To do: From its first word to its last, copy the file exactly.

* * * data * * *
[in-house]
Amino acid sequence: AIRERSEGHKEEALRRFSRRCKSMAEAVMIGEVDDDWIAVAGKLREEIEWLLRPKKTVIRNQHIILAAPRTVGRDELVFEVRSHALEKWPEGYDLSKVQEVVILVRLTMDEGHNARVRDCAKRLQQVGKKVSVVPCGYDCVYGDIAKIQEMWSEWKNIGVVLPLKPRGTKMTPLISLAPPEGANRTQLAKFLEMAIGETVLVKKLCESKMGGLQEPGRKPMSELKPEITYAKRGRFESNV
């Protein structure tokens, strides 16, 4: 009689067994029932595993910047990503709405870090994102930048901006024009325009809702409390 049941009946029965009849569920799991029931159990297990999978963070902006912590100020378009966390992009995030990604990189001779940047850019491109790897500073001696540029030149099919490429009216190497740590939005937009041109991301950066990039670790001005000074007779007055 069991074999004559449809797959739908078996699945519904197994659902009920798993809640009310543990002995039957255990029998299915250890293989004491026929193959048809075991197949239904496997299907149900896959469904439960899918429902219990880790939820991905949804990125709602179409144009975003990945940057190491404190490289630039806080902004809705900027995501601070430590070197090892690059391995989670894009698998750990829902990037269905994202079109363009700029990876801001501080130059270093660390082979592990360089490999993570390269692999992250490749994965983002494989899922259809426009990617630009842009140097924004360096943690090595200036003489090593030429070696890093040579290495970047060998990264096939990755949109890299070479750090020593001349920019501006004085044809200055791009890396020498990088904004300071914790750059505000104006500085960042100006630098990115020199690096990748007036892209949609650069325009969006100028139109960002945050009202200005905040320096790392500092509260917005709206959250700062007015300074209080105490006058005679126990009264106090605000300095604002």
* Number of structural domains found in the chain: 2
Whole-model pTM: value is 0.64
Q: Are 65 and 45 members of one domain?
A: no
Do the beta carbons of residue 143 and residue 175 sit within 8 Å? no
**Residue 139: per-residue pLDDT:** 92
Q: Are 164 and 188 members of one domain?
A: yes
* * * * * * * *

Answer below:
[in-house]
Amino acid sequence: AIRERSEGHKEEALRRFSRRCKSMAEAVMIGEVDDDWIAVAGKLREEIEWLLRPKKTVIRNQHIILAAPRTVGRDELVFEVRSHALEKWPEGYDLSKVQEVVILVRLTMDEGHNARVRDCAKRLQQVGKKVSVVPCGYDCVYGDIAKIQEMWSEWKNIGVVLPLKPRGTKMTPLISLAPPEGANRTQLAKFLEMAIGETVLVKKLCESKMGGLQEPGRKPMSELKPEITYAKRGRFESNV
């Protein structure tokens, strides 16, 4: 009689067994029932595993910047990503709405870090994102930048901006024009325009809702409390 049941009946029965009849569920799991029931159990297990999978963070902006912590100020378009966390992009995030990604990189001779940047850019491109790897500073001696540029030149099919490429009216190497740590939005937009041109991301950066990039670790001005000074007779007055 069991074999004559449809797959739908078996699945519904197994659902009920798993809640009310543990002995039957255990029998299915250890293989004491026929193959048809075991197949239904496997299907149900896959469904439960899918429902219990880790939820991905949804990125709602179409144009975003990945940057190491404190490289630039806080902004809705900027995501601070430590070197090892690059391995989670894009698998750990829902990037269905994202079109363009700029990876801001501080130059270093660390082979592990360089490999993570390269692999992250490749994965983002494989899922259809426009990617630009842009140097924004360096943690090595200036003489090593030429070696890093040579290495970047060998990264096939990755949109890299070479750090020593001349920019501006004085044809200055791009890396020498990088904004300071914790750059505000104006500085960042100006630098990115020199690096990748007036892209949609650069325009969006100028139109960002945050009202200005905040320096790392500092509260917005709206959250700062007015300074209080105490006058005679126990009264106090605000300095604002």
* Number of structural domains found in the chain: 2
Whole-model pTM: value is 0.64
Q: Are 65 and 45 members of one domain?
A: no
Do the beta carbons of residue 143 and residue 175 sit within 8 Å? no
**Residue 139: per-residue pLDDT:** 92
Q: Are 164 and 188 members of one domain?
A: yes